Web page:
customer service | Customer Service Solutions, Inc. - Page 128

“You’re the Boss” - 2/20/24

Terrence is excellent at what he does.  From a technical standpoint, he knows how to keep the facility clean.  He’s the lead custodian, and he knows that keeping things straight does not necessarily mean keeping things sanitary.  He knows what chemicals to use and not to use, how to Read more

Customer Understanding Leads to Relationship Growth - 2/13/24

We’ve worked with educational organizations at all grade levels over the years.  One special and unique characteristic about the staff who work in these organizations is that there’s a clear intent to know about the students as individuals, to focus on them rather than purely focusing on what’s delivered Read more

Define Customer Service Success Differently - 2/6/24

When I’m watching television, listening to the radio, or listening to a podcast, it’s always interesting when the topic moves to the question:  How can you be a success?  The speakers often discuss the process of becoming a success with the assumption that people believe success is defined by Read more

Care Enough to Give Them a Heads Up - 1/30/24

Nothing bad at all might happen.  Every day in the office could seem like every other day.  Sights and sounds and smells might continue to be the same.  But we have a lot of construction going on around our offices, and the building manager knows the type of work Read more

Be Better than AI Customer Service - 1/23/24

There was a recent CBS Sunday Morning Show story called: How artificial intelligence is revamping customer call centers. The journalist described how artificial intelligence is being used in customer service, and he noted the millions of pieces of information that can be processed in a matter of seconds. There are clear Read more

Recognize the Situation, and Pivot - 1/16/24

The customer has a complaint, or they may have an important question about an order or their account.  You may be talking to them in an emergency room, in the lobby of the government building, on the phone, or in a video conversation.  And in many of these Moments Read more

Sharpen Your Service Delivery - 1/9/24

You work so hard at being responsive and providing high quality information.  You work hard at fixing problems.  But is your delivery…dull? I’m not saying that it has to be exciting, but let’s think of the word “exciting.”  It means that something’s interesting, has energy, is positive.  Just by its Read more

Make Empathy Your Superpower - 1/2/24

I was facilitating a Service Excellence Training class for a Higher Ed client in the Northeast several years back.  As I was walking through the portions of our technique for defusing the angry customer, I talked about empathy.  I talked about accepting responsibility. Immediately, one of the hands in the Read more

Holiday Poem 2023 - 12/26/23

The days are getting longer, The skies are getting brighter. Festivities behind us, And festivities before us.   There’s ups and downs and change coming, And we can’t predict when or where. There’s challenges and joys and opportunities around, Of which you may or may not be aware.   But one thing we know as we look at each Read more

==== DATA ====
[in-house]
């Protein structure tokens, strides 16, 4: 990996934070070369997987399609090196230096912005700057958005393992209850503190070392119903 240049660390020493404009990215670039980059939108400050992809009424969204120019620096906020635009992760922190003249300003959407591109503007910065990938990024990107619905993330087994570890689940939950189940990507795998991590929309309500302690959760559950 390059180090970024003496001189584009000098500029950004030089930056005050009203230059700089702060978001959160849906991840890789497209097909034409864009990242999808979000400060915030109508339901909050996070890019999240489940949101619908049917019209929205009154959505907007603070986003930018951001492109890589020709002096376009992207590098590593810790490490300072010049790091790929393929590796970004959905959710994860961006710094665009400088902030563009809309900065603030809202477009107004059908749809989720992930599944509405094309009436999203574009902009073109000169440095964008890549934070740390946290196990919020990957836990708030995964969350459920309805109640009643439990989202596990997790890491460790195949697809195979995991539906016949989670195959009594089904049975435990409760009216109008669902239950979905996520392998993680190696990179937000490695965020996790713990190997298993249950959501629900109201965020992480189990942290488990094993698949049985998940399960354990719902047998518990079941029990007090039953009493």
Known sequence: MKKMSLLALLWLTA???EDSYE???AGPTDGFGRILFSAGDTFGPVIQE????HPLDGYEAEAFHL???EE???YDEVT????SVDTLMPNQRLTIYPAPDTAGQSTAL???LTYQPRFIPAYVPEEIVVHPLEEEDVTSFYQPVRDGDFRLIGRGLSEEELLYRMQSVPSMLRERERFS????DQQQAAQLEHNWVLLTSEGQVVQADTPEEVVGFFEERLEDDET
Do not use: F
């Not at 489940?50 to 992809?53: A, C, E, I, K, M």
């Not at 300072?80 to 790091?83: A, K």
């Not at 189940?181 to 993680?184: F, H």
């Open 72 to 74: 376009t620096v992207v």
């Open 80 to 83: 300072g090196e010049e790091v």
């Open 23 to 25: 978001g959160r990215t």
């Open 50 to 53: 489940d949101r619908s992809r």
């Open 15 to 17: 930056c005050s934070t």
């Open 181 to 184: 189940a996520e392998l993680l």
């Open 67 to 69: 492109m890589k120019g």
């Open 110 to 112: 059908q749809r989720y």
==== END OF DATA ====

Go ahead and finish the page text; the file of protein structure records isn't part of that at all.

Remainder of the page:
Refresh, Rejuvenate, Refocus - 12/19/23

It’s that time of year.  We’re going 100 miles an hour, and holiday time is upon us.  We not only have all the work to do, but we somehow have less time to do it.  We somehow have other things that are of competing interest, and even though those Read more

What is Your Post-Exit Strategy?

Posted on in Business Advice, Sports Please leave a comment

Every year, professional sports teams lose season ticket holders.  These season ticket holders exit the organization because of a myriad of reasons.  With the economy like it has been over the last 18 months in particular, professional sports teams are losing season ticket holders at an alarming rate.  Many pro sports organizations deal with these issues by ramping up their advertising and marketing efforts.  Many others chalk up the losses to a bad economy, but few of these organizations really have a strategy targeted at these former season ticket holders.

These ticketholders have left; so what is your strategy post-exit?

Some of the best sales prospects your organization can have are former customers. You already have a great deal of intelligence on your former customers. You already know their likes and dislikes, their preferences, what’s most important to them, key demographic information, and their purchase history. Well, at least you should know all this information.

The two things you don’t know are two pieces of information that can make you a lot of money very quickly. The first piece of information is the specific reason or reasons why they left. This is where you avoid making broad assumptions about the season ticket holder base, and you look specifically at each one to determine why they left. You would probably be shocked to find out why the individual season ticket holders left even though you might be able to guess broadly about the major reasons why season ticket holders left. By knowing why they left, it helps in future conversations to help get them back.